In the Washington, DC’s Filipino community, the name Chef Evelyn Bunoan is very familiar. In fact, she has a devoted following of locals who show up regularly at her modest grocery store—Philippine Oriental Market & Deli, or as her friends call it, POM—in the town of Arlington, Virginia. And at lunchtime, even starting about 11:30 a.m., hungry customers start lining up by the front door, waiting for Bunoan and her husband, Oscar, to open up for the lunch service. Within moments, the inside is jammed with the hungry—and by 2 p.m., the steam table trays are virtually empty. 

Always passionate about cooking, native Filipino Bunoan grew up in a very devout Catholic household in Manila with parents who loved cooking and baking. So it is not surprising that she learned the basics as a child. “My mom was the best cook,” she said, adding that she prepared healthful foods, and rarely served red meat, but instead seafood dishes. And her father was a professional baker. In fact, one of his breads, the very special Filipino bread, pan de sal, is one she makes and sells on request.

When she moved to the United States, she continued her cooking, taking courses at the Le Cordon Bleu Culinary School in London. She now holds a degree as a Master French Chef. Although she had a daytime job, she wanted to take her cooking to a different level, so she purchased POM in 1978. “I bought the store during Holy Week,” she said. “Most Filipinos don’t work then.” And as a devout Catholic, she observed Lent, and opened her market after Easter Sunday.

After two years in operation, she decided that her next step would be to offer freshly cooked food for service in the store and for carryout from her well-stocked refrigerators. Her cooking became instant hits, and not surprisingly, Bunoan has received numerous awards, especially from Filipino groups. And for years, she frequently catered parties for the former Filipino ambassador.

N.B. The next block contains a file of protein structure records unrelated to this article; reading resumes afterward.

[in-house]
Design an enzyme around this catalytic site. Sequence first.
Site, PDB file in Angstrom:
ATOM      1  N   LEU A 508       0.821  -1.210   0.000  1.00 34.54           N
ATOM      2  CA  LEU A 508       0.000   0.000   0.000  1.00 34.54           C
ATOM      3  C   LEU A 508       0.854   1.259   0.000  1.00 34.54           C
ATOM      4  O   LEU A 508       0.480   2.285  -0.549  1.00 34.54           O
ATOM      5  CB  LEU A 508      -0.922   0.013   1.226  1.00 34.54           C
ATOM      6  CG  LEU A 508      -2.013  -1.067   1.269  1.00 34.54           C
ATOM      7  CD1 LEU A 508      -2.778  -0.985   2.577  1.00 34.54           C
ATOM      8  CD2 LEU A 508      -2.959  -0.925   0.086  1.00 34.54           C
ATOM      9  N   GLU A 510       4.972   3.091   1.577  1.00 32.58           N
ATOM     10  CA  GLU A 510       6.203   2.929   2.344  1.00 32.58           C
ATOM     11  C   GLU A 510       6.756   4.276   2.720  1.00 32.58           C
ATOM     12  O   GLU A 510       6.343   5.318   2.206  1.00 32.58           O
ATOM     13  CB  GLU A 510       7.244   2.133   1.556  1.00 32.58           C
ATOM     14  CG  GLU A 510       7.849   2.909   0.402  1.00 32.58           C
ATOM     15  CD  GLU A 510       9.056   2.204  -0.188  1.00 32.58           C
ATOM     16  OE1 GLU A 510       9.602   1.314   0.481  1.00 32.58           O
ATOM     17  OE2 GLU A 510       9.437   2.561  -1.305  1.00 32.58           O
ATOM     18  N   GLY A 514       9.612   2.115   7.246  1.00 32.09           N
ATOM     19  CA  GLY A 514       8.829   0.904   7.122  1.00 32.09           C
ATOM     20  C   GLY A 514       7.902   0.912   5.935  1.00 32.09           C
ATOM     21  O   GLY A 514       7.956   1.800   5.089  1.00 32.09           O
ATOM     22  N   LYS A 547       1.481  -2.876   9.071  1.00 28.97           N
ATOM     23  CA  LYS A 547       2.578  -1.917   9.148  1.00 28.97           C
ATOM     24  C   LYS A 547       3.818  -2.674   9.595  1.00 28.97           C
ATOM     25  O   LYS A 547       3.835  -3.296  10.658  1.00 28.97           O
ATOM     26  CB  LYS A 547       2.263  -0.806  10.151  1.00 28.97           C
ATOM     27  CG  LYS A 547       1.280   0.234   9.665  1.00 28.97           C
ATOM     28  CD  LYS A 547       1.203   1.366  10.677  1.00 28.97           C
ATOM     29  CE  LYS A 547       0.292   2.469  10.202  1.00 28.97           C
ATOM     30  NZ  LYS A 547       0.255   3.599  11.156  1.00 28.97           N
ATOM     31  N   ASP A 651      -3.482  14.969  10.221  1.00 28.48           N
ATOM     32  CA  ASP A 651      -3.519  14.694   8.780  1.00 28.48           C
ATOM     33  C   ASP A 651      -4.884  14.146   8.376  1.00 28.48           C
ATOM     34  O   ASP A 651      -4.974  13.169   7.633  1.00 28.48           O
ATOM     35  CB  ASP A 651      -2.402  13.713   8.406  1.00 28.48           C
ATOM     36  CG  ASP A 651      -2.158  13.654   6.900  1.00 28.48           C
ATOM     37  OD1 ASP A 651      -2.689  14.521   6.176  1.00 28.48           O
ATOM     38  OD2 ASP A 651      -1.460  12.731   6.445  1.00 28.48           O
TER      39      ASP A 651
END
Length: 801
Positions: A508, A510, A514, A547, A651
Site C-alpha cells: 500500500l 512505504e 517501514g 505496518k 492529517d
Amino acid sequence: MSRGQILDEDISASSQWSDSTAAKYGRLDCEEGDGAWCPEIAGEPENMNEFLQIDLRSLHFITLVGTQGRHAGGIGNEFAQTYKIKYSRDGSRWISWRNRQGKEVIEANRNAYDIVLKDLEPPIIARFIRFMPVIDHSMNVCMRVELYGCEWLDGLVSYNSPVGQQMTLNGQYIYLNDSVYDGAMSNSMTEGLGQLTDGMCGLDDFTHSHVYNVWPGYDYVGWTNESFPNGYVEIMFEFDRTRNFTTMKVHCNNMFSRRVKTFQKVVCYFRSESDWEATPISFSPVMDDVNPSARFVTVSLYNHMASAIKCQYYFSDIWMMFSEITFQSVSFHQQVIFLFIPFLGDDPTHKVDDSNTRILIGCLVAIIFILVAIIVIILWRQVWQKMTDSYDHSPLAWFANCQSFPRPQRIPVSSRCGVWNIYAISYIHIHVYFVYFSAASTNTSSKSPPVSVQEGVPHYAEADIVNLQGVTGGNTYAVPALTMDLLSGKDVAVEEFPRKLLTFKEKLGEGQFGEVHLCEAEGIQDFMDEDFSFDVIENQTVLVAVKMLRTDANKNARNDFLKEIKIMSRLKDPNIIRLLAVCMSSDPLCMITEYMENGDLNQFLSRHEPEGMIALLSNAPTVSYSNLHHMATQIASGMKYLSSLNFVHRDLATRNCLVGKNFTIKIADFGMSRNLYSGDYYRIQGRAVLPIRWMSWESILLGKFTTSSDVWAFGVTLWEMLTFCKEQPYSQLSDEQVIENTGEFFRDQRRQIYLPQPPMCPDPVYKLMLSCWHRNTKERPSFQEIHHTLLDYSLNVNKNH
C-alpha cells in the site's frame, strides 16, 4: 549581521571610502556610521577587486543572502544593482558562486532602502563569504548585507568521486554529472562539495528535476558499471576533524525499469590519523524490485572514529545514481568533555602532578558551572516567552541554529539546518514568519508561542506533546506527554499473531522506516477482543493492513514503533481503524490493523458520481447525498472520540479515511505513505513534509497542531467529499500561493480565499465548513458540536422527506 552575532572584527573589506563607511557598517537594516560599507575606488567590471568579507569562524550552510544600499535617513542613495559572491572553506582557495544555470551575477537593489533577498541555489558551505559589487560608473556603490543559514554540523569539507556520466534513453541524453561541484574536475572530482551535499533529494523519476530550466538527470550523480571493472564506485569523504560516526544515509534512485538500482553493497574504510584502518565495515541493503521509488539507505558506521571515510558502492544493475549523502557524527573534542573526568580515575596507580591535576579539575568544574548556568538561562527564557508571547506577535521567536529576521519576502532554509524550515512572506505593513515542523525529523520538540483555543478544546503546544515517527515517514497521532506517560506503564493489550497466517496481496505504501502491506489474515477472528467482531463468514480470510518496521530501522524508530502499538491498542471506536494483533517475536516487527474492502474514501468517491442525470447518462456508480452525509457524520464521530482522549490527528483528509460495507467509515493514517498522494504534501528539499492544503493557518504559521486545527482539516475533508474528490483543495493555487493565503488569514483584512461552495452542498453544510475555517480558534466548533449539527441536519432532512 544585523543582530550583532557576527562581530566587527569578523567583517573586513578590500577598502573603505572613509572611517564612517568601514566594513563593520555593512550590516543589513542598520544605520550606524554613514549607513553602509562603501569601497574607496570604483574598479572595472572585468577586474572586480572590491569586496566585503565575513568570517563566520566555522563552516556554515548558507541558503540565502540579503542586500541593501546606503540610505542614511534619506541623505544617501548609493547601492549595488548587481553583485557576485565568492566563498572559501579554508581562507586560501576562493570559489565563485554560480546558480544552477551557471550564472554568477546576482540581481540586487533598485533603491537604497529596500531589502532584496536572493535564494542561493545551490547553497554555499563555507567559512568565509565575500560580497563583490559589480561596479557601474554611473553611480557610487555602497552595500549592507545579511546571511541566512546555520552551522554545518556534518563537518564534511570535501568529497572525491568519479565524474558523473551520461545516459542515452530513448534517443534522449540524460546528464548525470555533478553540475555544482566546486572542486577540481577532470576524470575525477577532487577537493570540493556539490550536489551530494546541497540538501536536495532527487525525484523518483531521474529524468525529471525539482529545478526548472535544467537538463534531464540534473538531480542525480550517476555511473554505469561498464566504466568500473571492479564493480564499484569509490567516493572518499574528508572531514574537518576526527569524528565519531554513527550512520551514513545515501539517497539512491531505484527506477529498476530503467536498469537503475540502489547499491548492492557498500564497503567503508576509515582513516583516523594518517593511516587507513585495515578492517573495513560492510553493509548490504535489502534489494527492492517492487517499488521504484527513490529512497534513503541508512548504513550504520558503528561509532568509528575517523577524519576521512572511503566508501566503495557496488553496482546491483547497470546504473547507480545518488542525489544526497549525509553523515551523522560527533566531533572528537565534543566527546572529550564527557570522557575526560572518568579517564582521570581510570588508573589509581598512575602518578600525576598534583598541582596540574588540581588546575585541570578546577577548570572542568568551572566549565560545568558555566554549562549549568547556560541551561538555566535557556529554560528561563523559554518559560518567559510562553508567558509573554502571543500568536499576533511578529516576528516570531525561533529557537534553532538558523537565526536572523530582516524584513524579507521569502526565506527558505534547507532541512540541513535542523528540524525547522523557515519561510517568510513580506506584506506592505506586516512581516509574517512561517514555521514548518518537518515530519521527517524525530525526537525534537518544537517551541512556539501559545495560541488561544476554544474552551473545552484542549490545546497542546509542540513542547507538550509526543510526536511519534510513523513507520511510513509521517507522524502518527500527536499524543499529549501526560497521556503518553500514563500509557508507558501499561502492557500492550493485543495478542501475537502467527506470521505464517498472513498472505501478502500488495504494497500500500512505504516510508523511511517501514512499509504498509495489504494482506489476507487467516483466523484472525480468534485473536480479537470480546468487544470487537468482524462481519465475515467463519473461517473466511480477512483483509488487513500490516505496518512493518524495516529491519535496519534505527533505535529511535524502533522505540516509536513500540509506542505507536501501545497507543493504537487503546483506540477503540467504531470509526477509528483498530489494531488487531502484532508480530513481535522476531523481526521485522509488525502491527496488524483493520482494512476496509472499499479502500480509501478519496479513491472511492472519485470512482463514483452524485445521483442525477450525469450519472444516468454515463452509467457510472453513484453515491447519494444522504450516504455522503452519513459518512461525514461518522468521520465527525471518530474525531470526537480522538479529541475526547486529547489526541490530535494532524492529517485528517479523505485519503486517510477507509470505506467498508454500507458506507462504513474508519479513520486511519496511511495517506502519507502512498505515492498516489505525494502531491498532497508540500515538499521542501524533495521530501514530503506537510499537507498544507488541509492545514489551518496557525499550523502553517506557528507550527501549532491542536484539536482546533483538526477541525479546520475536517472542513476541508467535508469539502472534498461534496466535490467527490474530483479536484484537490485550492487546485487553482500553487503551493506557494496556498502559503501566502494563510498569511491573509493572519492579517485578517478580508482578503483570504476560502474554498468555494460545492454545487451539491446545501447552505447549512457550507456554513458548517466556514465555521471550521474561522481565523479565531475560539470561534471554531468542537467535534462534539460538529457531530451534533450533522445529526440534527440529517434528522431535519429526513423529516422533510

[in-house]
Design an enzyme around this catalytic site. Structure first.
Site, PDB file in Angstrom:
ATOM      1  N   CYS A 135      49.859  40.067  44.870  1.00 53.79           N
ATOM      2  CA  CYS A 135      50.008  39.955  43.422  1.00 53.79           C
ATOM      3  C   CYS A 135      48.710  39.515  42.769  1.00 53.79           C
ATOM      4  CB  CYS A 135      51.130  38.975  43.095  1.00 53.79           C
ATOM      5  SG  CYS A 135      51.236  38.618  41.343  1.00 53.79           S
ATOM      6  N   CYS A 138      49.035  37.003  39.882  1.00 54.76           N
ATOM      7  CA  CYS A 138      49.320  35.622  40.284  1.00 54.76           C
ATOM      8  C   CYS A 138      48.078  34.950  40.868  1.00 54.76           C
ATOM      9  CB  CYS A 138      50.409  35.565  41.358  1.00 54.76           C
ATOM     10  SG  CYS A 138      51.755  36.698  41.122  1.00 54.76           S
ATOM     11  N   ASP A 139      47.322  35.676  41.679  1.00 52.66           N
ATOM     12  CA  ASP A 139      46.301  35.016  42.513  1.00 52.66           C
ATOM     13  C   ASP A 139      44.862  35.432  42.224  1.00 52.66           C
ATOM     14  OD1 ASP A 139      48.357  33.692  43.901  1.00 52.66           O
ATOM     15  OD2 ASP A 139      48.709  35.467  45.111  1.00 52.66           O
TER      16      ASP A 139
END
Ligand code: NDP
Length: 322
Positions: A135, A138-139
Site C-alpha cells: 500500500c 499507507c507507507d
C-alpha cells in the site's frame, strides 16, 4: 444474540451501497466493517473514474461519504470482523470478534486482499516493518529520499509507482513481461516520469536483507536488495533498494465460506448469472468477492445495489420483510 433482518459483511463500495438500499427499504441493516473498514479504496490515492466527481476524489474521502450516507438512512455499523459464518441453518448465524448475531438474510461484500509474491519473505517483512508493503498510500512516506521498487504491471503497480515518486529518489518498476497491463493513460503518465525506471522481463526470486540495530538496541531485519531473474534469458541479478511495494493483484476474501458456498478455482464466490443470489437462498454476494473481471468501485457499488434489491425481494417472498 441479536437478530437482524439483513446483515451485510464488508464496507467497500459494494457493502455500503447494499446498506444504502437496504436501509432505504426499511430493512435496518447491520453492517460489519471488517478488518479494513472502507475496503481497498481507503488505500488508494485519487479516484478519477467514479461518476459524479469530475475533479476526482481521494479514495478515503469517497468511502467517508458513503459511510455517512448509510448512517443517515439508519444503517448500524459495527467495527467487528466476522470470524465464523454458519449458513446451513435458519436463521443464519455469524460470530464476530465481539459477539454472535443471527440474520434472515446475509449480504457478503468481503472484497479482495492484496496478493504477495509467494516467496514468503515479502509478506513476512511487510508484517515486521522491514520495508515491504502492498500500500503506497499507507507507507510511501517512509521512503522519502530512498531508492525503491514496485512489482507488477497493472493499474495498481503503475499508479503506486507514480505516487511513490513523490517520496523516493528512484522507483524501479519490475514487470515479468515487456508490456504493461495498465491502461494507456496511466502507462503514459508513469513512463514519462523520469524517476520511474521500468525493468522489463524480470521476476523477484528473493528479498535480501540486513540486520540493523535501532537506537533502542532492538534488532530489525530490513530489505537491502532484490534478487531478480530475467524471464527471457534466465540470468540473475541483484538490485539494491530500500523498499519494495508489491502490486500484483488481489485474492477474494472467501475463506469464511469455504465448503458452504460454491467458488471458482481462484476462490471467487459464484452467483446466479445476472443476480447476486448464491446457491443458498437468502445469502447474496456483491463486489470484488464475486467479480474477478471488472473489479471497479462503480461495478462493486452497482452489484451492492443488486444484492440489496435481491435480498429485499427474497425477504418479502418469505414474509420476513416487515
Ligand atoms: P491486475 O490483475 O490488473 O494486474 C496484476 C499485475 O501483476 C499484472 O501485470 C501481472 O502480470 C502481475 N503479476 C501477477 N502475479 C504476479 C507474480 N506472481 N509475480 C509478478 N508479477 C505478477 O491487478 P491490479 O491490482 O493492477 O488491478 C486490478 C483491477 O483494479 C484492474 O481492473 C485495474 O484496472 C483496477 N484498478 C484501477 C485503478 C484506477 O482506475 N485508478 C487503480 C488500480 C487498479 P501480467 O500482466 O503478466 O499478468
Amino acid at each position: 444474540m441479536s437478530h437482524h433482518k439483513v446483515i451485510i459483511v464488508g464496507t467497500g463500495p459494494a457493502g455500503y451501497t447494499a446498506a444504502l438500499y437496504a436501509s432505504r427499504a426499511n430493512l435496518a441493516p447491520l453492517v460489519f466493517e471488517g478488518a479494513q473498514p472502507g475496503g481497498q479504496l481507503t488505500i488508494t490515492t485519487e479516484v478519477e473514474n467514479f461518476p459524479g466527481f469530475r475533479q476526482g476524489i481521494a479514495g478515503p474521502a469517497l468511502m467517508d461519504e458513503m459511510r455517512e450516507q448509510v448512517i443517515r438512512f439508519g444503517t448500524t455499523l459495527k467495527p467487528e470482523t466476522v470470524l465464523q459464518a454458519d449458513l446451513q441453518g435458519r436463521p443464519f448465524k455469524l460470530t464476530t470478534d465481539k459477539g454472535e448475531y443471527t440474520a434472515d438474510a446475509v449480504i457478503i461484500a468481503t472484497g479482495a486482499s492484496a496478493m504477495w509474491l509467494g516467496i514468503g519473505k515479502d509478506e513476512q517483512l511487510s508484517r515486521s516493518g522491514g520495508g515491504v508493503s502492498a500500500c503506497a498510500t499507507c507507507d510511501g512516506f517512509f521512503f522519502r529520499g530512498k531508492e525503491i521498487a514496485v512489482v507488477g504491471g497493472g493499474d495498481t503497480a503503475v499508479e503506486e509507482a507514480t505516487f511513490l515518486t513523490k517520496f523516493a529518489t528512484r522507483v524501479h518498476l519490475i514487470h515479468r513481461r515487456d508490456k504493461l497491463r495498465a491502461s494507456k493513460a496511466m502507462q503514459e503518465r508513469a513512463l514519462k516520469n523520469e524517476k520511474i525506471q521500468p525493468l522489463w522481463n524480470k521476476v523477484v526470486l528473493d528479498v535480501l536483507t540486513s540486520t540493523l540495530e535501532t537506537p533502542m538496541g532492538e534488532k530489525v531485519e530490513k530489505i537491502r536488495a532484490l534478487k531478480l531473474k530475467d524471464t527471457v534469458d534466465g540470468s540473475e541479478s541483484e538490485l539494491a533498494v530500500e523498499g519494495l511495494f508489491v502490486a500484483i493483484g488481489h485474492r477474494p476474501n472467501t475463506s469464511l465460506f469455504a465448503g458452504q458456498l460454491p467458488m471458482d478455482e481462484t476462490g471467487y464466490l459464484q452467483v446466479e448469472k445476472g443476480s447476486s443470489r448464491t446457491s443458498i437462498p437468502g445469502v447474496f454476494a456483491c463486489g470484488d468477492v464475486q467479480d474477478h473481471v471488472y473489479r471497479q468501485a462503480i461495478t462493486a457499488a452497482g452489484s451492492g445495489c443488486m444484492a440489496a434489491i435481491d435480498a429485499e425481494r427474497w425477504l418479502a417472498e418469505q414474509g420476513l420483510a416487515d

And her customers really love her specialties, including lechon (roast pork), lumpia (spring rolls), chicken sisig (lemon pepper chicken), pinakbet (braised mixed vegetables with shrimp paste), beef caldereta (spiced beef stew) and her tempting desserts, from puto (steamed rice cakes) cassava cake made from yucca, and bibingka (rice coconut cake).

But for Bunoan, the most important part of her life is living her faith as a humanitarian. Bunoan and her husband established a foundation called CHEW (Cancer Help Eat Well) Foundation. As she explained, she was inspired to do when she watched her very close friend die from cancer. So to serve those in need, she cooks and delivers healthful meals to cancer patients who are too sick to cook. Many of these she has known for years, and Bunoan has found an important way to make a difference through her cooking. “They are just like family,” she said. “They say to me, ‘You cook just like my mom. You cook like you care for us.’” And she does care.